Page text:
Any political analyst has to be endowed with the wildest possible imagination to the see the aspirations of the Syrian people for democracy in a thug from Uzbekistan, of all places.

Of course the West has been using these extremist groups to achieve short-term goals with the consequence of creating long- term threats to its own security. Osama bin Laden was armed by the US with shoulder held Stringer rockets to shoot down Soviet MiG jets in Afghanistan, but who ended up bringing down the World Trade Center in New York. These groups have proved over time that they are loose cannons dedicated to their own extremist ideology and can only harm civilized societies.

The Syrian conflict has spilled over from the Middle Eastern borders into a worldwide confrontation between East and West, with the US and the European Union insisting on regime change in Syria while Russia and China blame foreign interference in Syria in the United Nations.

Recent meetings between President Vladimir Putin and Premier Recep Tayyip Erdogan, Secretary of State Hillary Clinton and Russian Foreign Minister Sergei Lavrov were not able to break the deadlock.

Russian officials have repeatedly said that Moscow is not insisting that Assad remain in power, but that his fate must not be decided by foreign governments or external forces including the UN Security Council. Putin’s spokesperson, Dmitry Peskov, has specifically indicated that “We cannot say, sitting in Ankara or London or Qatar that Assad must go. That cannot be, it is not viable. Such decisions could potentially lead to a worsening of the situation.”

The US secretary of state, visiting Dublin, has countered the Russian position by directing her criticism to the internal developments in Russia, away from the Syrian conflict.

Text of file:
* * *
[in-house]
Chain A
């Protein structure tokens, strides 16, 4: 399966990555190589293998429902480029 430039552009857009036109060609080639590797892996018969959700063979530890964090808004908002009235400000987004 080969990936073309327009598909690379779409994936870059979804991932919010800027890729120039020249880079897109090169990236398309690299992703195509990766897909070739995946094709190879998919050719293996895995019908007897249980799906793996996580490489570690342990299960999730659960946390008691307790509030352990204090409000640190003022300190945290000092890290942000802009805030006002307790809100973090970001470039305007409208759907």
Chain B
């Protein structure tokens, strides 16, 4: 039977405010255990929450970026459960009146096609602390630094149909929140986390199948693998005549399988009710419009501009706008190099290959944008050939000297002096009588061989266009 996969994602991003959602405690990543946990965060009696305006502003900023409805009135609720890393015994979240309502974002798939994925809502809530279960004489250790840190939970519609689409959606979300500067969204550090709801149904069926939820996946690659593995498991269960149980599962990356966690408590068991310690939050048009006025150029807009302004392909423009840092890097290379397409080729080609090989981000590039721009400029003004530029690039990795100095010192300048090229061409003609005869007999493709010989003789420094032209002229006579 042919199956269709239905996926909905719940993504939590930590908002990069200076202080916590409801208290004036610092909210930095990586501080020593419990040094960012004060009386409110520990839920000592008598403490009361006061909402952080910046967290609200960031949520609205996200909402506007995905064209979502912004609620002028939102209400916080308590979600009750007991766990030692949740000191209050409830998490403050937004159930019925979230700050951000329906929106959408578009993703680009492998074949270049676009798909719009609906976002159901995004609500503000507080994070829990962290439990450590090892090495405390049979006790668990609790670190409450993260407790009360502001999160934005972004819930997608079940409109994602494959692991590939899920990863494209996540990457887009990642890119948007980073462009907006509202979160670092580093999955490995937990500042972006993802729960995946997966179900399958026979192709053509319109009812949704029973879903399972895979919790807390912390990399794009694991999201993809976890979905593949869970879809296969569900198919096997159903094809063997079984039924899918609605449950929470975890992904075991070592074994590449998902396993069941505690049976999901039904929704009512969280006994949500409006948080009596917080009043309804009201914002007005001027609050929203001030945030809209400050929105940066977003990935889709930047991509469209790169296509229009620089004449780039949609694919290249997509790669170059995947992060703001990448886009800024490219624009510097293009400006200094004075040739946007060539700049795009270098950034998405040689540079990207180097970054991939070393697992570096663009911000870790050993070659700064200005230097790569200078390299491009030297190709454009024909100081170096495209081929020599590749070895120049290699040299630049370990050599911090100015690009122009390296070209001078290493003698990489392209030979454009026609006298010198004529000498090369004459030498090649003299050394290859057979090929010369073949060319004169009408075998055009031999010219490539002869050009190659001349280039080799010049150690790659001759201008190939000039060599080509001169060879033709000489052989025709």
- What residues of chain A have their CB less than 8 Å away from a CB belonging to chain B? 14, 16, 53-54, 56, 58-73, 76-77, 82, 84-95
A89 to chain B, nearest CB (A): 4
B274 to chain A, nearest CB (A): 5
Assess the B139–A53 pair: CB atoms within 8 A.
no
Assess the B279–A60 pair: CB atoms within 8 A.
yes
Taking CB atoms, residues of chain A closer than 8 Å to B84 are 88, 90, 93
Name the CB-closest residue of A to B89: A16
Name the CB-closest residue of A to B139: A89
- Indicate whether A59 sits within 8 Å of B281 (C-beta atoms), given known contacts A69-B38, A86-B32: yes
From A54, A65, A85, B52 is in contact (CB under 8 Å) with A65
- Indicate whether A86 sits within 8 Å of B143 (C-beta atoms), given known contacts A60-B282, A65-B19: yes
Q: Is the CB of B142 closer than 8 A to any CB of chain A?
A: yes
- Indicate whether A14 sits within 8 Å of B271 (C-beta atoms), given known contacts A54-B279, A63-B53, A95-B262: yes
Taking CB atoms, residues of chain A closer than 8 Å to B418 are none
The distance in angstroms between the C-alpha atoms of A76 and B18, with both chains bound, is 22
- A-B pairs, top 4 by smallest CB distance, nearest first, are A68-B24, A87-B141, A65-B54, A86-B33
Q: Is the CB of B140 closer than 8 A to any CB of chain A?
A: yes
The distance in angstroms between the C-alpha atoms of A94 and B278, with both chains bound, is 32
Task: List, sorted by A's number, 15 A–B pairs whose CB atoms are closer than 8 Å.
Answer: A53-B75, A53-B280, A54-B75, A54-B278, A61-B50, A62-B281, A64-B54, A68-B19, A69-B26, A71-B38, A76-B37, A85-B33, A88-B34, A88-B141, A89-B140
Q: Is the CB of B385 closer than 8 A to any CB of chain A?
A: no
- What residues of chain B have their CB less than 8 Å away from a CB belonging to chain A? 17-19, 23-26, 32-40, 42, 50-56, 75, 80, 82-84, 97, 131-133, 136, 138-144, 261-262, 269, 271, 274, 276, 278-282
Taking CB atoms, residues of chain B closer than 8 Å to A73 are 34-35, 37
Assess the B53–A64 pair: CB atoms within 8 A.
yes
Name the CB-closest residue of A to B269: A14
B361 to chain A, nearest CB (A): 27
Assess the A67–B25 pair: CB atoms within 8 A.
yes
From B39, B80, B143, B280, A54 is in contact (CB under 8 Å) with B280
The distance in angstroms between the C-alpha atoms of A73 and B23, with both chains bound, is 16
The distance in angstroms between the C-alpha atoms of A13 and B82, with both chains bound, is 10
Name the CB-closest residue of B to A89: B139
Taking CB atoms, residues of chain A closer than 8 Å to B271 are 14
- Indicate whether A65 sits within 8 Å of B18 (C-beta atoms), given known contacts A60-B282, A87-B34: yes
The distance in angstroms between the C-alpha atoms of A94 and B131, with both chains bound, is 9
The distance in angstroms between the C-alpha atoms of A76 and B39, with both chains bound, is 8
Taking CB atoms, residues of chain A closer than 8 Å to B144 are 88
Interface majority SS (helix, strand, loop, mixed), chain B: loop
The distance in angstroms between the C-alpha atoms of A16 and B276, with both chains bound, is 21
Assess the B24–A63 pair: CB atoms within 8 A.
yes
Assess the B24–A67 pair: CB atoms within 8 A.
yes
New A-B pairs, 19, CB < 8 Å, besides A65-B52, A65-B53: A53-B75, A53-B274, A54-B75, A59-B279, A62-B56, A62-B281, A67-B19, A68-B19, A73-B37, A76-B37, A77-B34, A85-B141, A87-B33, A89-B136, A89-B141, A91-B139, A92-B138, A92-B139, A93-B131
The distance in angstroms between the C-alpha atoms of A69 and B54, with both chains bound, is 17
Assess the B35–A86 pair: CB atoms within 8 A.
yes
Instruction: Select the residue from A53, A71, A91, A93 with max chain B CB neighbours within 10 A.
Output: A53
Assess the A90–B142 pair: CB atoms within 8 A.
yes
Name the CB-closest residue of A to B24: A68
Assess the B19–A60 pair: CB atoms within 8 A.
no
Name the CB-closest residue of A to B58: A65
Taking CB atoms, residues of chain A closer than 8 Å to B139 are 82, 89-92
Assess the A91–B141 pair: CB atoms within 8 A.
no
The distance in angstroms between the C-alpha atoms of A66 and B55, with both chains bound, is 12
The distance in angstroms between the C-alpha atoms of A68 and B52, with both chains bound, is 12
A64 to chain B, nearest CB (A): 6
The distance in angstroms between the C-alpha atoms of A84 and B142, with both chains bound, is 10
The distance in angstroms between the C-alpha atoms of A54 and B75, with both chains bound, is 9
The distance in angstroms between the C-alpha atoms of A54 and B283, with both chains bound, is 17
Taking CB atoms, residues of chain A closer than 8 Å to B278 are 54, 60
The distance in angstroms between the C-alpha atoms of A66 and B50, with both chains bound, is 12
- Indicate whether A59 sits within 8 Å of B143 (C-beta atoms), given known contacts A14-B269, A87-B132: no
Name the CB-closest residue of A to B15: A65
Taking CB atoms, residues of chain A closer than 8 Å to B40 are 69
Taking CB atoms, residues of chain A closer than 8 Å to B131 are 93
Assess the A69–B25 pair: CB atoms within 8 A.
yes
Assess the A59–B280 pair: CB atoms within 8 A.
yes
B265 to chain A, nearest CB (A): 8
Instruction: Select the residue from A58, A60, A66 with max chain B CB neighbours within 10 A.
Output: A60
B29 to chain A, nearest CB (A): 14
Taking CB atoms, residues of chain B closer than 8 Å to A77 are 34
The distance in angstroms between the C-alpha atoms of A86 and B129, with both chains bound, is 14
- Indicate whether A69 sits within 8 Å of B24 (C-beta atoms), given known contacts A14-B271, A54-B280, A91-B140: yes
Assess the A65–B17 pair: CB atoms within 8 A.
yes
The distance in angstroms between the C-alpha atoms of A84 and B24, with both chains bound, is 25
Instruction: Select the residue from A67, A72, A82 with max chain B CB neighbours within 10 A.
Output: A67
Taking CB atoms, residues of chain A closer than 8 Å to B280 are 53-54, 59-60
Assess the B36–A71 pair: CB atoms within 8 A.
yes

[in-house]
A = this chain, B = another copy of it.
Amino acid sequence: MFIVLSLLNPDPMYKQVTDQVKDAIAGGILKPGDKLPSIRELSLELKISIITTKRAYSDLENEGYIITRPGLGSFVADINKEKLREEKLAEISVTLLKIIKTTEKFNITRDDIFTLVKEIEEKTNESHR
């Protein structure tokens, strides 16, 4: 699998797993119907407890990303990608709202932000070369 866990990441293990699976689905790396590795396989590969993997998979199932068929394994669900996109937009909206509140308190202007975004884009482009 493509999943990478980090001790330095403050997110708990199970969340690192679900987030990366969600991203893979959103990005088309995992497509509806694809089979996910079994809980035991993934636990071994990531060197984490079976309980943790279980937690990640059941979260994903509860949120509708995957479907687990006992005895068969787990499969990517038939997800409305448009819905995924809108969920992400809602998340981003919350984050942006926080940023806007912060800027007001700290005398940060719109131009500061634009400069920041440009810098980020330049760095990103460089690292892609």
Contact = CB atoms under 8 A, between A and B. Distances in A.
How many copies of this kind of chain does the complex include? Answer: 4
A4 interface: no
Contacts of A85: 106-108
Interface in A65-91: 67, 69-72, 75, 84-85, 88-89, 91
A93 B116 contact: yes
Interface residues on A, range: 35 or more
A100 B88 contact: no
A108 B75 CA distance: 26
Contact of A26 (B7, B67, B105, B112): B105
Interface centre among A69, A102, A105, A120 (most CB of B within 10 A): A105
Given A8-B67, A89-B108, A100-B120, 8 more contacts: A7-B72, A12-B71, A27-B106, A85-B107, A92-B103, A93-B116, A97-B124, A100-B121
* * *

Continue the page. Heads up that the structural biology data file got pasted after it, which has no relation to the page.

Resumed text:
In her recent pronouncements, she seems more and more like a Cold War relic, and perhaps, she is planning her political comeback in the 2016 presidential election with that agenda.

Before her meeting with Lavrov, Mrs. Clinton took aim at what she described as a new wave of repressive tactics and laws aimed at criminalizing US outreach efforts. “The trends are indicative of a larger reversal of freedoms for the citizens of Russia, Belarus, Turkmenistan and other countries that emerged from the breakup of the Soviet Union two decades ago. There is a move to re-Sovietize the region…. It’s not going to be called that. It’s going to be called a Customs Union, it will be called a Eurasian Union and all of that,” she said, referring to the Russian-led efforts for greater regional integration. “But let’s not make a mistake about it. We know what the goal is and we are trying to figure out effective ways to slow down or prevent it.”

In the above quote by Mrs. Clinton, Armenia falls within “other countries that emerged from the breakup of the Soviet Union.” And Moscow has been twisting the arm of that “other country” to join the Eurasian Union. Therefore, no mater what foreign policy may Armenia adopt, it is perceived by the Foggy Bottom to be in the Russian sphere of influence and that answers many questions which have been torturing Armenians; why doesn’t Mr. Obama use the word “Genocide?” Why doesn’t the State Department criticize Azerbaijan for destroying Armenian monu- ments in Jugha? Why doesn’t Karabagh conflict get solved? Why doesn’t Washington demand Turkey to end blockading Armenia? Why does the US aid to Armenian dwindle?

All the answers to these questions are within the subtext of the new Cold War being reconfigured.

Coming back to Syria, which generated this global analysis, two major prospects are very obvious. First, no matter whatever the outcome of the conflict, the vibrant Syrian-Armenian community will not be the same any longer.

Next, in the a broader perspective of the Arab Spring (or Nightmare) — which the Syrian conflict is part of — the policy is achieving its goal in this artificially-created turmoil because no one (except as a form of lip service) is talking any more about the Palestinian people nor the Israeli-Palestinian conflict.